“I’m an overthinker, so I want to not overthink anything. I need to have the mentally that’s OK if [I] don’t do my best every meet and it’s OK if someone beats [me],” she said. “That’s just how it is. There’s always going to be someone better out there and it’s totally OK.”

Keeping the same routine helps calm her nerves as well. Durbin loads up on carbs each night before a meet, usually with pasta, though she ate a Subway sandwich at the Drake Relays and the state meet last spring. When the day arrives, she lets her instincts take over. There’s no outside noise, not even music, using prayers to help guide her as well.  

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The records fell at an alarming rate last spring. Down went the school high jump record of 5-06 at the Drake Relays.  A Drake Relays championship followed with a new high water mark of 5-08. It was then on to three Heart of Iowa Conference titles after later culminating with her 3A high jump state championship back in Des Moines. 

It all happened so suddenly, Durbin didn’t even have much of a chance to drink it all in. She still finds it hard to believe, almost 12 months later. The magnitude of the moment at the blue oval inside Drake Stadium helped push her through. 

“I don’t know how it happened,” Durbin said. “Honestly, since I had jumped so well at the Drake Relays and had never jumped those heights before, my adrenaline was through the roof. At state, I was happy that I won but I was mad that I didn’t do better because I knew I could. I wasn’t as excited, but I should’ve won state if I won Drake.”’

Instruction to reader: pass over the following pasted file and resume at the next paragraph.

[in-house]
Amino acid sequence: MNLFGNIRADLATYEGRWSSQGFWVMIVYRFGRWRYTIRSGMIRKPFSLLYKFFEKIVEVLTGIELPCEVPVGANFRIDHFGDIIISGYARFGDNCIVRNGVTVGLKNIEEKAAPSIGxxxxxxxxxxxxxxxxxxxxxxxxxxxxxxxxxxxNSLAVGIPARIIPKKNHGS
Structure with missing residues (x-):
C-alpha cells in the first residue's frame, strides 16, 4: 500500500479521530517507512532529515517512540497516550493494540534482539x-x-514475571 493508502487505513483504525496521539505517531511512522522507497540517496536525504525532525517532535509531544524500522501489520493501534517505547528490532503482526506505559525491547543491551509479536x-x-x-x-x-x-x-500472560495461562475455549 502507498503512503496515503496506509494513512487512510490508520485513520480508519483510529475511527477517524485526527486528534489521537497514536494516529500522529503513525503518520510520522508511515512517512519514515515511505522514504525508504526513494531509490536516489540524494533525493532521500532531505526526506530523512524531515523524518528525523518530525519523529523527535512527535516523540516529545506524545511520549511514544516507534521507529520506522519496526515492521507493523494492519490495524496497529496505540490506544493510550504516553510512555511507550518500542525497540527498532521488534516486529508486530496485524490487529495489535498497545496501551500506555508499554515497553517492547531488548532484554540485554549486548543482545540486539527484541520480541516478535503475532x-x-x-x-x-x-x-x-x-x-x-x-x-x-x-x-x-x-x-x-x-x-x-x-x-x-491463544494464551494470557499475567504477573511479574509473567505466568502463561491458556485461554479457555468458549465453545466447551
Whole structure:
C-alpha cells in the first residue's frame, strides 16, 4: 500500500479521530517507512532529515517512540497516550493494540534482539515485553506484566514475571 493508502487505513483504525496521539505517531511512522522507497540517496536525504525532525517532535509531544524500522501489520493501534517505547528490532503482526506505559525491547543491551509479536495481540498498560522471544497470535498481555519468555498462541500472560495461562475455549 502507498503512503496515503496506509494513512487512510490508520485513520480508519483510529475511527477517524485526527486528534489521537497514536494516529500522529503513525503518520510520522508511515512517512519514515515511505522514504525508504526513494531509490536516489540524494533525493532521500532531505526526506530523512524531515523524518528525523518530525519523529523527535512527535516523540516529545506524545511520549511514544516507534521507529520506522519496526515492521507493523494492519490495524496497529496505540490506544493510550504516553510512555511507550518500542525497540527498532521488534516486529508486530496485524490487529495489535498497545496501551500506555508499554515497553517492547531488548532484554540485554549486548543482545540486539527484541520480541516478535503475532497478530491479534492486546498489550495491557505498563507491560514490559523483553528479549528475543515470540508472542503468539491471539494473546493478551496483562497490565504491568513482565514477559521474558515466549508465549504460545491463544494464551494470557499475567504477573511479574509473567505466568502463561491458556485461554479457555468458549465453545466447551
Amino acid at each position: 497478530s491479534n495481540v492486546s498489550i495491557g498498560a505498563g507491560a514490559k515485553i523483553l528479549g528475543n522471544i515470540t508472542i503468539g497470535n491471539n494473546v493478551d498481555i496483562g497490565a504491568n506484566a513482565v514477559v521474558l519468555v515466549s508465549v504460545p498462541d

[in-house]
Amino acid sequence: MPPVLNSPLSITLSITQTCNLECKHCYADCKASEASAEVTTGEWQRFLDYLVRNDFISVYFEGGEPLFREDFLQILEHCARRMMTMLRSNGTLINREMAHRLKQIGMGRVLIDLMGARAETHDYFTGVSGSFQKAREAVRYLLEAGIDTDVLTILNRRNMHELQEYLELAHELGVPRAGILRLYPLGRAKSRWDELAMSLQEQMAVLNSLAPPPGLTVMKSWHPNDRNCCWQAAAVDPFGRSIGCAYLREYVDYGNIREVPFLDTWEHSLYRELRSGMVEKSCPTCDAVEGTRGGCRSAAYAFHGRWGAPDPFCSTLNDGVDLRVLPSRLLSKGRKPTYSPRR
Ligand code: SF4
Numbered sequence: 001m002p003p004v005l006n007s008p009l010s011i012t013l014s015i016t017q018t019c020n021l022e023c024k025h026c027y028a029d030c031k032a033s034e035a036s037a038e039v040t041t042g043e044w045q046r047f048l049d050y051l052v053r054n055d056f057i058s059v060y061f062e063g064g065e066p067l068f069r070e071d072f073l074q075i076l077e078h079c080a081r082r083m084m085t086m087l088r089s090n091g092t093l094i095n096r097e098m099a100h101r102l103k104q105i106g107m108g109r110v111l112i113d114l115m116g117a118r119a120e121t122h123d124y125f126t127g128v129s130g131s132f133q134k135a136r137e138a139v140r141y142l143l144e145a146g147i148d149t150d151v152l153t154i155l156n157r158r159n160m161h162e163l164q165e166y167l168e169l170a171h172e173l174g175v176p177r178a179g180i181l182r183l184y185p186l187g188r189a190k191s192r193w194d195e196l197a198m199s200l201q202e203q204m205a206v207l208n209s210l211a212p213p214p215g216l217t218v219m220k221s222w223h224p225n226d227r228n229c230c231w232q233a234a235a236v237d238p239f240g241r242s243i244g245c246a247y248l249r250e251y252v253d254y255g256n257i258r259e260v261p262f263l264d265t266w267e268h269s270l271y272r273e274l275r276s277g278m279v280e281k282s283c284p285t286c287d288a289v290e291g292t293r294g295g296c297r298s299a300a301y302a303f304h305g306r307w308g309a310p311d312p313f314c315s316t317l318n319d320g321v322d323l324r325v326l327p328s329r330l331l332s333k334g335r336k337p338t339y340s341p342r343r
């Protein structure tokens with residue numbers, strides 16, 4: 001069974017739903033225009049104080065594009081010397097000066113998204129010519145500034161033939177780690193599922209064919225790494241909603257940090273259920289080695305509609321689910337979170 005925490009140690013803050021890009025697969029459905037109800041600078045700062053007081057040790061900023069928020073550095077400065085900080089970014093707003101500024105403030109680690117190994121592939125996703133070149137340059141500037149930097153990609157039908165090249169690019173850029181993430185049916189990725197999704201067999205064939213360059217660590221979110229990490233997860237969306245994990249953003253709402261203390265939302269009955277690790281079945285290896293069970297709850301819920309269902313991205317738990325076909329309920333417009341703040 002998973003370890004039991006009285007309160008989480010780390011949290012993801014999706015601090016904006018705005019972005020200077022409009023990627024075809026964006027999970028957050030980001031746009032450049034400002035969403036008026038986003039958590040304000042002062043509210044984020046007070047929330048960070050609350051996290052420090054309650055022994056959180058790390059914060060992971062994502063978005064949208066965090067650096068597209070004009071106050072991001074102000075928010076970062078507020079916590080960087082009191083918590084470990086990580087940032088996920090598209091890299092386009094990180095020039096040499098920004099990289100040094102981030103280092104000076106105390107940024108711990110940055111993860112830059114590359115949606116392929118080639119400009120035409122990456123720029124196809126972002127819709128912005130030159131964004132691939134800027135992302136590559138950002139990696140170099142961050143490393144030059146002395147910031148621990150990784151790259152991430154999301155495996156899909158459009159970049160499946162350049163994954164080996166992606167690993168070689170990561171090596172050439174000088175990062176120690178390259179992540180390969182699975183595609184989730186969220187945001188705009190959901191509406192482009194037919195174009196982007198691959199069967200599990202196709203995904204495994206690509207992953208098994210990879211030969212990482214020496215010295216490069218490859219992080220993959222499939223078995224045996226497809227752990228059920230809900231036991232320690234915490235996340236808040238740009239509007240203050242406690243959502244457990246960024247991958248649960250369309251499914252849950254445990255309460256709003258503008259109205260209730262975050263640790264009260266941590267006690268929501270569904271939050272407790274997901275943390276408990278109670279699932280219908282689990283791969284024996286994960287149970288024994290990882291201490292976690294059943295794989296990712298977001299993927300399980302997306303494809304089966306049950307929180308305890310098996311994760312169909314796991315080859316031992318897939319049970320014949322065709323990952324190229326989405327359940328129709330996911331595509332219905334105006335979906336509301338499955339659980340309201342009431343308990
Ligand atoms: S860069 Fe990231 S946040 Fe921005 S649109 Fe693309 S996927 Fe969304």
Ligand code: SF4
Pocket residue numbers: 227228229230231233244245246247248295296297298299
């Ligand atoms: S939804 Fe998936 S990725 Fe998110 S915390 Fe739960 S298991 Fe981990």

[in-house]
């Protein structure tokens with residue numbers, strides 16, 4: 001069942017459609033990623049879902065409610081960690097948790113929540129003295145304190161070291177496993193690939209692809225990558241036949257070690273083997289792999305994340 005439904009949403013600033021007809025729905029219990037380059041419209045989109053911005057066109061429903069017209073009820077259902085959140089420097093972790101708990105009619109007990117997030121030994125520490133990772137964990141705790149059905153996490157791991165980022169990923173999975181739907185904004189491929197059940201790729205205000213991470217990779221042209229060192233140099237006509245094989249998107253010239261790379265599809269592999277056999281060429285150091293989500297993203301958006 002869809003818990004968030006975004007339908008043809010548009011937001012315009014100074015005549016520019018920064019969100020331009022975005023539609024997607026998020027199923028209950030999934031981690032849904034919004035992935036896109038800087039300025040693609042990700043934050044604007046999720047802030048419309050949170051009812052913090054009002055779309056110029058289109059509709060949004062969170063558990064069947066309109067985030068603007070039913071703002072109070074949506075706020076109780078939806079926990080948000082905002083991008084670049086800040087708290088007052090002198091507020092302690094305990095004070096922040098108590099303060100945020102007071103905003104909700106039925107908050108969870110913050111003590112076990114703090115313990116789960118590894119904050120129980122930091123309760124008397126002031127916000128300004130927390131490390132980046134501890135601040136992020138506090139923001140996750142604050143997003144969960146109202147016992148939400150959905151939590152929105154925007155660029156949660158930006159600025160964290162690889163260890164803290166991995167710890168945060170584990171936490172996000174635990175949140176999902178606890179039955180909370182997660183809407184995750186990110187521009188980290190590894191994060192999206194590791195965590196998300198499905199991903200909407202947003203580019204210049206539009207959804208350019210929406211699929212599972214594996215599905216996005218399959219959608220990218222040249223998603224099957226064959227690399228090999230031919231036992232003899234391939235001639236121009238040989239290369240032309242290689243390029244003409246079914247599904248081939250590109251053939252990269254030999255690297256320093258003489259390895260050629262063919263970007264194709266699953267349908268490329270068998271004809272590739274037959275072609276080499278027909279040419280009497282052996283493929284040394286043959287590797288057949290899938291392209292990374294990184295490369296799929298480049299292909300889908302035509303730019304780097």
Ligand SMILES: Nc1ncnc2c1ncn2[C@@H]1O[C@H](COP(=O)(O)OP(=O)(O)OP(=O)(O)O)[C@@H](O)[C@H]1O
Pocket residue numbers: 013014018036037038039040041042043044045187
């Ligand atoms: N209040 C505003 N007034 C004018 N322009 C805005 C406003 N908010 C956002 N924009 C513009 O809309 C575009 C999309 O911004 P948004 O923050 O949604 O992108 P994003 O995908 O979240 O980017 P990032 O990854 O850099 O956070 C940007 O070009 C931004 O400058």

Durbin is just scratching the surface of her potential. 

Her offseason regime consisted of a heavy amount of lifting, increasing her vertical and form. Volleyball helps strengthen her leap, as she takes off from her left foot when she rises for a kill. She hits the weight room, three days a week, year-round. 

Though she takes just eight strides – five straight on and three curving around to make the leap – before she rises high into the spring sky, there’s several tiny factors to consider if she wants to clear the bar. It may look like a simple jump, but Durbin knows it’s much more than that.  

Is she leaving the ground at the perfect, most efficient moment? Is her body positioned correctly once she clears the bar? To Durbin, these are a few, of many, things that she can work on as her junior campaign gets underway. 

“This year I’m trying to focus more on turning my shoulders. I had the worst time last year trying to arch and kick at the right time,” she said. “I’m kicking a lot better. Hopefully I can put it all together. There are so many things going on, it’s a whole lot. A lot more than it looks like.” 

The biggest obstacles Durbin’s had to overcome since securing her titles has been nagging injuries. She’s recovering from an injured left ankle and hip injury as well as a tweaked left knee – the weight room has helped her recuperate faster. 

In her first two years of high school competition, Durbin has reached new heights each season. She crushed the 4-10 mark her freshman year, then consistently hit five-foot last spring. Coach Simpson wants her to focus on 5-02 this year, with even loftier heights if she hopes to defend her title. 

“Let’s get consistent at the 5-02 height and see if we can’t get back up to that 5-08,” Simpson said. “That was a monster jump so that’s going to be hard to repeat. There’s a good crop of high jumpers right now. The big thing for her is do the best she can. It’s tough to repeat, tougher than to do it for the first time.”

Keeping that even keel should lead Durbin to even greater heights. 

“Don’t worry if you miss an early high, don’t worry about everybody else,” Simpson said. “Go out and compete against Megan, and if [she] does that, she’s going to be fine.”

The junior is the first state champion in any sport since Jefferson-Scranton consolidated with East Greene High School back in 2012 to become Greene County High School.